The Sabbath was made for man

The traditions of the elders were very strict and were applied by the Pharisees without compassion.  Thus the Sabbath, which was intended to be the best day of the week, was converted into the worst day of the week.

The Sabbath was made for man.  The real needs of people are therefore always more important than the Sabbath.

While the disciples were with Jesus, they were in God’s service for the redemption of sinners, and thus allowed to do work required for that purpose.

By debating with the Pharisees what is allowed on that day, and by saying that “the Sabbath was made for man”, Jesus confirmed the Sabbath as a binding obligation. 

Matthew 12:1-8, Mark 2:23-28 and Luke 6:1-5

Overview

One Sabbath Jesus and His disciples walked through a grain-field.  His disciples, because they were hungry, started to pick the heads of grain, rubbing them in their hands, and eating.  Some Pharisees saw this and immediately complained to Jesus, “Look, Your disciples do what is not lawful to do on a Sabbath”.

This is one of five conflicts between Jesus and the Pharisees, with respect to the Sabbath, that are recorded in the Bible, and the only one not caused by a healing miracle.

It is difficult to imagine how the Jews could consider the mere picking and eating of grain, while one is walking through a grain field, to be “work,” but this indicates how strict the traditions of the elders were.  The purpose of the Sabbath was to provide reprieve from the every-day toil to enjoy a day of rest.  But by disallowing anything that even remotely looks like work; even pleasurable activities such as picking and eating grain, the Sabbath became the opposite of what it was supposed to be.  No longer was it the best day of the week, but it became the worst day of the week.

In defense of His disciples Jesus firstly used the example of David and his men who, when they were hungry, ate the temple bread which only the priests were permitted to eat.  By means of this analogy Christ indicated that the real needs of people are always more important than the Sabbath.

To defend His disciples Christ secondly referred to the priests who break the Sabbath” by working in the temple, but remain without guilt because they did this work in God’s service.  Christ then applied this principle to His disciples by saying, “something greater than the temple is here”.  He was referring to Himself as “greater than the temple”.  By comparing Himself to the temple He was, by implication, saying that the disciples were equivalent to priests serving in the temple.  While they were with Him, they were in God’s service for the redemption of sinners, and people are allowed to work on the Sabbath if that work is necessitated by being in God’s service.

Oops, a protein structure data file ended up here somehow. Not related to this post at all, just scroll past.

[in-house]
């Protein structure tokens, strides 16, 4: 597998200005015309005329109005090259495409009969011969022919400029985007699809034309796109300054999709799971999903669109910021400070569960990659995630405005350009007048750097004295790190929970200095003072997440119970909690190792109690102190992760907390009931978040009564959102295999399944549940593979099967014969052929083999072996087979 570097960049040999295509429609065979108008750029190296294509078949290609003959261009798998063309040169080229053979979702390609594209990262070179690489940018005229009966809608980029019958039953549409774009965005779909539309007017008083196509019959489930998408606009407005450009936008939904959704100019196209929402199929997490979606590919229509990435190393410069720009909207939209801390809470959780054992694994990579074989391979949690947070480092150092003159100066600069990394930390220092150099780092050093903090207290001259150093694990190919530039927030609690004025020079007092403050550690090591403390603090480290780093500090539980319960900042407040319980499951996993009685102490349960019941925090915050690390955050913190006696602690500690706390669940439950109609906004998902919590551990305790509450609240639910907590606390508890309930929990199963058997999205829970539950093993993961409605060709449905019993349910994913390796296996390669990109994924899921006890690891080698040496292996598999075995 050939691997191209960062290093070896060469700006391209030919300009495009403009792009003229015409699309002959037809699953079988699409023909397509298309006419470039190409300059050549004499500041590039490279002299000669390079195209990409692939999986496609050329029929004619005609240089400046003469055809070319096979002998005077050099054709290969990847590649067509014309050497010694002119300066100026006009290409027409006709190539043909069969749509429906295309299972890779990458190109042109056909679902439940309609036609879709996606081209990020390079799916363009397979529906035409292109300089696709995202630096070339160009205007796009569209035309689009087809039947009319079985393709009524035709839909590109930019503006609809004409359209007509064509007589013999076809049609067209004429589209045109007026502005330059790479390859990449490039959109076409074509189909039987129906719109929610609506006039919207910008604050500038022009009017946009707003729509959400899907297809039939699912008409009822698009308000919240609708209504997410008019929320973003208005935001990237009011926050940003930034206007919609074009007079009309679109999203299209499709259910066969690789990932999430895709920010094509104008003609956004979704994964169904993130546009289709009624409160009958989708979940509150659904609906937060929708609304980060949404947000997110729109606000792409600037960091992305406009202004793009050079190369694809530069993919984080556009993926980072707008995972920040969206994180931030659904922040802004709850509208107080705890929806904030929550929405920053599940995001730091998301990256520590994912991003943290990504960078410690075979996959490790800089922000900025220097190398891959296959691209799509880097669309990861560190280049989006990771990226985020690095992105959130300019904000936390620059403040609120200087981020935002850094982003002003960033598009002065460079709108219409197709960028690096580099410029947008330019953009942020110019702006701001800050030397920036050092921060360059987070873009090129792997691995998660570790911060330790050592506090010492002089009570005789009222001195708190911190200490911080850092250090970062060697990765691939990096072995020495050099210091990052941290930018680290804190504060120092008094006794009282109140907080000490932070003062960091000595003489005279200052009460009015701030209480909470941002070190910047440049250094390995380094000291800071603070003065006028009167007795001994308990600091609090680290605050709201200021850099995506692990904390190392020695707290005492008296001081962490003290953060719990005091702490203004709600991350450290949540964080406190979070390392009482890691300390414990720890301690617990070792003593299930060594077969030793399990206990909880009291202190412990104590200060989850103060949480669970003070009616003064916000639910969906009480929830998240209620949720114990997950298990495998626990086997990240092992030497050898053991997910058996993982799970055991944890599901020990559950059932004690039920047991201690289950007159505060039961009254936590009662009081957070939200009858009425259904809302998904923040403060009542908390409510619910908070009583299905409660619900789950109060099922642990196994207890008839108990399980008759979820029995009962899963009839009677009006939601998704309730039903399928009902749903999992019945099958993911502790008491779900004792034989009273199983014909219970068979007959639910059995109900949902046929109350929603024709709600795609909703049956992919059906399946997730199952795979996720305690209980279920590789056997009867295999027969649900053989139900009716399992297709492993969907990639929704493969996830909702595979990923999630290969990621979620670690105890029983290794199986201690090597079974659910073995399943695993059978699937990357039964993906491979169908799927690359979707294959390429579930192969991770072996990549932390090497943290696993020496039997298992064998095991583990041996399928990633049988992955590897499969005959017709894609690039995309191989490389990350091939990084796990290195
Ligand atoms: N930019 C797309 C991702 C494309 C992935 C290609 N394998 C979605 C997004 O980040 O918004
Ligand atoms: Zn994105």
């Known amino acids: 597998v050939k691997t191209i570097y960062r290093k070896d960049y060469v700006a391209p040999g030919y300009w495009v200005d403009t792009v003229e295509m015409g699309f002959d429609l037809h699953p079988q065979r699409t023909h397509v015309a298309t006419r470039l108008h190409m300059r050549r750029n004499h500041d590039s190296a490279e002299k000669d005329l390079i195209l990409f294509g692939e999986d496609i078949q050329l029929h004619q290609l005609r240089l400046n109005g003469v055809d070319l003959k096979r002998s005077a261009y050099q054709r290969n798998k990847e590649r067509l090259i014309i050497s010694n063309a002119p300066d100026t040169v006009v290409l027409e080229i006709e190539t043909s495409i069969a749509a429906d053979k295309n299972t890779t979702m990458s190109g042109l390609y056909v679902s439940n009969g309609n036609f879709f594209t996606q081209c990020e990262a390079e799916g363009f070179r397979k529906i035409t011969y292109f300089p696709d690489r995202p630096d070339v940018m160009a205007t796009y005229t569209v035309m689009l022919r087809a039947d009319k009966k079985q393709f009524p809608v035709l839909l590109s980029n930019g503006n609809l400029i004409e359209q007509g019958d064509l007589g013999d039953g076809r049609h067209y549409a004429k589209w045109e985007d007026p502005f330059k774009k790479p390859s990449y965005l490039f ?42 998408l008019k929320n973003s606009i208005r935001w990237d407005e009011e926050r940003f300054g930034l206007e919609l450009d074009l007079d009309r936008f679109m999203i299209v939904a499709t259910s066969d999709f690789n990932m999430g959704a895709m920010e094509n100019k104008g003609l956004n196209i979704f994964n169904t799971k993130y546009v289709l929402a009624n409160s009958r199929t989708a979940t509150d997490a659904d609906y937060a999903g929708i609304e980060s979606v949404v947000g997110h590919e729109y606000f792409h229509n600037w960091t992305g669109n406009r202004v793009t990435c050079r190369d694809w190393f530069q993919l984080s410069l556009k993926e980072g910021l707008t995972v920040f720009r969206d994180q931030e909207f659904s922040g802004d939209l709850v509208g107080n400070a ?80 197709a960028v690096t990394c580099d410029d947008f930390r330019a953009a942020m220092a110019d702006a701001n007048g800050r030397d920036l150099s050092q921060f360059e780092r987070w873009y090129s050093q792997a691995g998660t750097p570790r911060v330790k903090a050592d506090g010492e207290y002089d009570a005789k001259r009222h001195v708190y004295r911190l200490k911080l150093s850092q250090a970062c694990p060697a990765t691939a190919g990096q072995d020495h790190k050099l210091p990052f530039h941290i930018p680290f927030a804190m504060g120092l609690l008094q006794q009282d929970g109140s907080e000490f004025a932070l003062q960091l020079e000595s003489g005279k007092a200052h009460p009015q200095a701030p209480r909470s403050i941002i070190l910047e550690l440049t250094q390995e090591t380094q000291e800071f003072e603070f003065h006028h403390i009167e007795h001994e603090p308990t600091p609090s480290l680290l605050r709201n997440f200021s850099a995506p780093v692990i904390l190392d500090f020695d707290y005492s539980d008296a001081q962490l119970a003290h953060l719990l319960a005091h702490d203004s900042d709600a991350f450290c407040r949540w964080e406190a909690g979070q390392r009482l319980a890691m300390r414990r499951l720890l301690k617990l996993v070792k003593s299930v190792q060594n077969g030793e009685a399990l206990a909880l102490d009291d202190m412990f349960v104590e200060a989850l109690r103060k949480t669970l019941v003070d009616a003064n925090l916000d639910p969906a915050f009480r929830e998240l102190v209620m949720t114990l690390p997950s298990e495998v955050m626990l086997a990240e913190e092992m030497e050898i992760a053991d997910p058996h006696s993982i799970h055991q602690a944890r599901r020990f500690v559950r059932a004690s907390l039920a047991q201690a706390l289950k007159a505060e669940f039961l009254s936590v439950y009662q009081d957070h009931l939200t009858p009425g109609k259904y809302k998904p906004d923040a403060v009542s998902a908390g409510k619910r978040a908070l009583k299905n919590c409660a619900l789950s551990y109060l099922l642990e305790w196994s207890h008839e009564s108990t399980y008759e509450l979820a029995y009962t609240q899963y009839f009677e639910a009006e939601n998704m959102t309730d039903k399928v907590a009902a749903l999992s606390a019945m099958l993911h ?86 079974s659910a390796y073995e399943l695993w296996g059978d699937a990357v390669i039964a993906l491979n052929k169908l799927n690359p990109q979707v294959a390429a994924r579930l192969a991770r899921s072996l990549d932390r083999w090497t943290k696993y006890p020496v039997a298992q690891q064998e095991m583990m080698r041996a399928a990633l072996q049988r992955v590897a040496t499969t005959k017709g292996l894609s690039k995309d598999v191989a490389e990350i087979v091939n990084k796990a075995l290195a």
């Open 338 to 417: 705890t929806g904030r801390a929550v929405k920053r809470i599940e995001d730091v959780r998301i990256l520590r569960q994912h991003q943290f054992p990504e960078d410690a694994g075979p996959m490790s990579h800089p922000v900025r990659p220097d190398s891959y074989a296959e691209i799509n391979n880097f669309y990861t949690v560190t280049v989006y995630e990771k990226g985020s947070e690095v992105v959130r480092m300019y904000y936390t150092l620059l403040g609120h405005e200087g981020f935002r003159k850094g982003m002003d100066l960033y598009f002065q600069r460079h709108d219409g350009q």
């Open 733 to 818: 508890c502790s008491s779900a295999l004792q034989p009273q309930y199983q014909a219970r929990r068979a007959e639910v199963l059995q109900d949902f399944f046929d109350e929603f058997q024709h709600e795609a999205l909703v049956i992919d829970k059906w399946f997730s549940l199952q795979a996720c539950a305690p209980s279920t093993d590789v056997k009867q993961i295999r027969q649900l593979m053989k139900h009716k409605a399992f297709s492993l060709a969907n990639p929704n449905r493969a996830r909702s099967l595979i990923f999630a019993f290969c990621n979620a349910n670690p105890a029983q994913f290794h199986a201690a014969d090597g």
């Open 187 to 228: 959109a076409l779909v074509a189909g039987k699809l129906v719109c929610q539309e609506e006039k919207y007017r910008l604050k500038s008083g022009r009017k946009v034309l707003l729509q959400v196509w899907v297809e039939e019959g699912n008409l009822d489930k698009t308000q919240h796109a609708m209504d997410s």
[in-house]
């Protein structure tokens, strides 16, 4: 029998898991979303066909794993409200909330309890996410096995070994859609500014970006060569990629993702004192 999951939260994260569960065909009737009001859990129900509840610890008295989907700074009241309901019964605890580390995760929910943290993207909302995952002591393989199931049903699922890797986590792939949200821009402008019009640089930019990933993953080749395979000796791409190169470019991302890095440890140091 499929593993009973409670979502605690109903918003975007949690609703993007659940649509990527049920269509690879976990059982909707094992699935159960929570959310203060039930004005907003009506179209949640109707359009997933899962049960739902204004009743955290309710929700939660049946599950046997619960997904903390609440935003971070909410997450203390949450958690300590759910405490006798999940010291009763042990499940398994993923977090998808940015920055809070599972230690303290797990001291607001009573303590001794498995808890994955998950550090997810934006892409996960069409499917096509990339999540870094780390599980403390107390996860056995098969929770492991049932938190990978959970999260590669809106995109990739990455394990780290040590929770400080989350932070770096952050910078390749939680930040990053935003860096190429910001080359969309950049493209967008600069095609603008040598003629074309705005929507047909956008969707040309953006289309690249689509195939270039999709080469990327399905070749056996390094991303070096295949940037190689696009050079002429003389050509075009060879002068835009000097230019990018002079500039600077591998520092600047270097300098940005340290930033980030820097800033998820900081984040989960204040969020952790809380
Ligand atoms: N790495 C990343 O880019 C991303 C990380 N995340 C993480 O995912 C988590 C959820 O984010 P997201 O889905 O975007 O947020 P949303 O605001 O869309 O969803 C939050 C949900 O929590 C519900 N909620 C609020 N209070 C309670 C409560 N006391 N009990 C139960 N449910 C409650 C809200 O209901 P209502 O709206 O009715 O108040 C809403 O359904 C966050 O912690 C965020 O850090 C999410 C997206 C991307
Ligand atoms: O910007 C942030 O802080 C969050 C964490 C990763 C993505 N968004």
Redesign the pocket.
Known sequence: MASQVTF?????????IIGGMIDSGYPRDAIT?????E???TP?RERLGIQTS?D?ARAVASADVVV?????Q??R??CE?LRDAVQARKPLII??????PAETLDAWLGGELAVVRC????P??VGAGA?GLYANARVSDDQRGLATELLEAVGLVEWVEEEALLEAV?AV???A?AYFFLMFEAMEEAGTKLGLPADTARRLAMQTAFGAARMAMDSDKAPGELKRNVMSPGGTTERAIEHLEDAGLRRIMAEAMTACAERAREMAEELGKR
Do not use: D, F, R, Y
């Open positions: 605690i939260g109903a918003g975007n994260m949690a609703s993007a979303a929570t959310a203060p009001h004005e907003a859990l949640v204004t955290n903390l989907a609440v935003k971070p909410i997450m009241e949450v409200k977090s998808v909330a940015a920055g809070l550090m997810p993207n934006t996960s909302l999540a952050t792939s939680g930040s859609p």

Christ thirdly accused the Pharisees of judging without compassion.  The first two arguments are two different reasons why His disciples are “innocent” (Mat. 12:7), but with this argument He attacks the Pharisees.  Because the Sabbath is intended to allow rest from the hard work, compassion is particularly applicable to the Sabbath, but the hunger which plagued His disciples did not kindle any feeling of tenderness or eagerness to help within the hearts of the Pharisees.

Christ fourthly added the principle that “the Sabbath was made for man, and not man for the Sabbath”.  He said this because the Jews, through their traditions, made man the servant of the Sabbath.  They made Sabbath holiness the goal, and man the means to achieve this.  But the Sabbath was created for man’s benefit.  The Sabbath is the means and man’s welfare and happiness is the goal.  For that reason human needs are always more important than the Sabbath.  To forbid hungry travelers to pick heads of grain is to pervert the Sabbath’s intended purpose.

Christ concluded, “so the Son of Man is Lord even of the Sabbath”.  The word “so” means that the Son of man is Lord of the Sabbath (v. 28) because the Sabbath was made for man (v. 27).  The title “Son of Man” comes from Daniel 7:13-14, where “One like a Son of Man” receives “everlasting dominion” over “all the peoples, nations and men of every language”.  Putting these thoughts together, He is Lord of the Sabbath because He is Lord over man, while the Sabbath is part of man’s existence. 

Some find in Christ’s claim, to be the Lord of the Sabbath, a statement to the effect that He will change or abrogate the Sabbath.  However, by debating with the Pharisees, on the basis of the Old Testament, what is allowed on the Sabbath, He confirmed that it is a binding obligation.  He was here defending His disciples who were accused of breaking the Sabbath.  This would have been an ideal opportunity to say that the Sabbath was or will be abrogated or changed soon.  But He gave no such indication.  To the contrary, His statement that “the Sabbath was made for man” implies that the Sabbath will remain for as long as man exists.